Philadelphia’s Redevelopment Authority has begun the process of transferring the southwest corner of the infamous Logan Triangle into private hands, a long-awaited step forward.
The 36 acres in North Philadelphia west of Roosevelt Boulevard are principally known for the 1,000 houses the city seized through eminent domain in the 1980s. The houses had been built on a creek bed filled with coal ash, and as that insubstantial material washed away the structures sunk to the point where, in some cases, the porches were lower than the steps leading up to them.
In the wake of gas-main explosions that destroyed several homes and convinced city officials the neighborhood was no longer fit for human habitation, the houses were razed. The Logan Triangle is now the largest vacant plot of land in the city, and a magnet for illegal dumping.
Last month, a contractor dumped a load of construction waste there right in front of Councilwoman Cindy Bass and her Trash Task Force. So Bass was especially excited Thursday to get the redevelopment process started by introducing legislation to shift land for the first phase of development to the Goldenberg Group.
“The bill is a transfer of property between the Redevelopment Authority and the entity that will be doing the development for Logan,” she said. “It is long overdue. This is a historic moment for Philadelphia and for the neighbors to finally begin to see this project moving forward.”
On Wednesday, the Redevelopment Authority’s board had approved the Goldenberg Group’s plans to create facilities for Philadelphia Youth Basketball, a nonprofit that proposes a $25 million state-of-the-art facility that would include outdoor and indoor courts, a library, and a computer lab.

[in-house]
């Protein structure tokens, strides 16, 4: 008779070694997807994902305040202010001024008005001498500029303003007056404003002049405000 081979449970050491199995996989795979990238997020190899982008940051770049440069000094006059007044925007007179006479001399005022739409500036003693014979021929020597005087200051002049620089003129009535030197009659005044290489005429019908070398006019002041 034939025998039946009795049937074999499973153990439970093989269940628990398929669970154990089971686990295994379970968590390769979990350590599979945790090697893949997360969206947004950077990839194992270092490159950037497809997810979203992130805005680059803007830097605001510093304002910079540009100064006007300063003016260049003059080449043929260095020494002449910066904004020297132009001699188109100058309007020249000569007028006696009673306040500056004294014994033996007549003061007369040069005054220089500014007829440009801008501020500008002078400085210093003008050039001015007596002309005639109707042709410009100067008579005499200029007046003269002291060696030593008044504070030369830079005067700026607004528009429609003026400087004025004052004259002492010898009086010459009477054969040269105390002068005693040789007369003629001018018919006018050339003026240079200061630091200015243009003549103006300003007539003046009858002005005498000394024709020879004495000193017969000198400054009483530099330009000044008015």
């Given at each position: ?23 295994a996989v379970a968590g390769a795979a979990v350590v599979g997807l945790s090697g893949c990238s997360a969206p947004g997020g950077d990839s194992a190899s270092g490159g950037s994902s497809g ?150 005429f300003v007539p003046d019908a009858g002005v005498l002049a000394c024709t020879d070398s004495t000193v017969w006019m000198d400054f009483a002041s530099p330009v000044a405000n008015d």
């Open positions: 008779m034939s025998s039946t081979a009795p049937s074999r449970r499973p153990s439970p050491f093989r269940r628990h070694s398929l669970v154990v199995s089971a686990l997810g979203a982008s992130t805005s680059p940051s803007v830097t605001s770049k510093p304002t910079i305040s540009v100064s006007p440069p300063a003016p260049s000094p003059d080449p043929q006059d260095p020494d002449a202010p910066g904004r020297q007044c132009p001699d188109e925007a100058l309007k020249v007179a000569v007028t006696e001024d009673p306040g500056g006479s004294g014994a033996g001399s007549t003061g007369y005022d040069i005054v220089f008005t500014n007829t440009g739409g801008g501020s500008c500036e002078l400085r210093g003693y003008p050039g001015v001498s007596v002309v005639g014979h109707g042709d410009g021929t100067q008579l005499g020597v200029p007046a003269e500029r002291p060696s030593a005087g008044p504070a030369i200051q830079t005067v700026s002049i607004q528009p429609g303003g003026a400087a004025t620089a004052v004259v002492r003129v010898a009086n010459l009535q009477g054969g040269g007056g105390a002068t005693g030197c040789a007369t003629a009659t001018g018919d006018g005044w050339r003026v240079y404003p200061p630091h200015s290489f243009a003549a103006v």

Technically, the project will be managed by Logan West Associates LP, which Goldenberg created for the purpose. The company did not respond to numerous interview requests.
What the authority’s board signed off on was an unorthodox deal for the unorthodox site. After an independent fair-market appraisal determined that the costs of making the famously unstable land buildable would exceed the land’s value, the city has agreed to sell it for $1.
“This is a very challenging site because of the cost it’s going to take to make the ground buildable again,” said Gregory Heller, executive director of the Redevelopment Authority. “That cost is going to be in the tens of millions of dollars just to be able to build on this site.”
Assuming City Council passes the bill next week, before its summer recess, the Redevelopment Authority will execute the agreement and transfer the title to Goldenberg Group’s Logan West Associates.
Another unusual aspect of the deal is that the developer can wait two years to take title — substantially longer than the authority usually allows — because so much work must be done at the site before building can actually begin. More than 100 years ago, the original developer simply filled the Wingohocking Creek with coal ash instead of more stable material such as regular soil or rocks. To make the site usable, Goldenberg will need to either construct buildings that can be corkscrewed into the unstable ground or remove the coal ash and replace it with a better base that won’t allow future structures to fall into the earth.
In another unusual twist, the authority is conceiving of the project as a public-private partnership, Heller noted, “because it’s going to take years to carry out this full development project, and because it’s somewhat speculative in terms of future stages.”
“What that means is the public sector is sharing both the risk and the reward of this project with the private developer,” he said.
When the Goldenburg Group takes title of the property, it will have to donate $500,000 into a community fund. Over the life of the project, and for 10 years after its completion, that fund would receive 10 percent of distributable cash, all for use in the surrounding neighborhood.
Future phases of the Logan Triangle redevelopment have not yet been defined, and the Redevelopment Authority expects Goldenberg to come back with plans for the rest of the site in the coming years. The authority’s board and City Council would have to approve those future phases, as well.
For Sandra Harmon, of Nicetown Community Development Corporation, any redevelopment needs to be paired with cleaning up the rest of the site right now. She welcomed Goldenberg’s attention, but said she’d like an update from the company on its plans.
“Right now, it’s really difficult to have a vision when it’s been neglected for so long,” said Harmon, an outreach coordinator with the Nicetown CDC. “But the Philadelphia Youth Basketball venture, I think that’s a good idea.”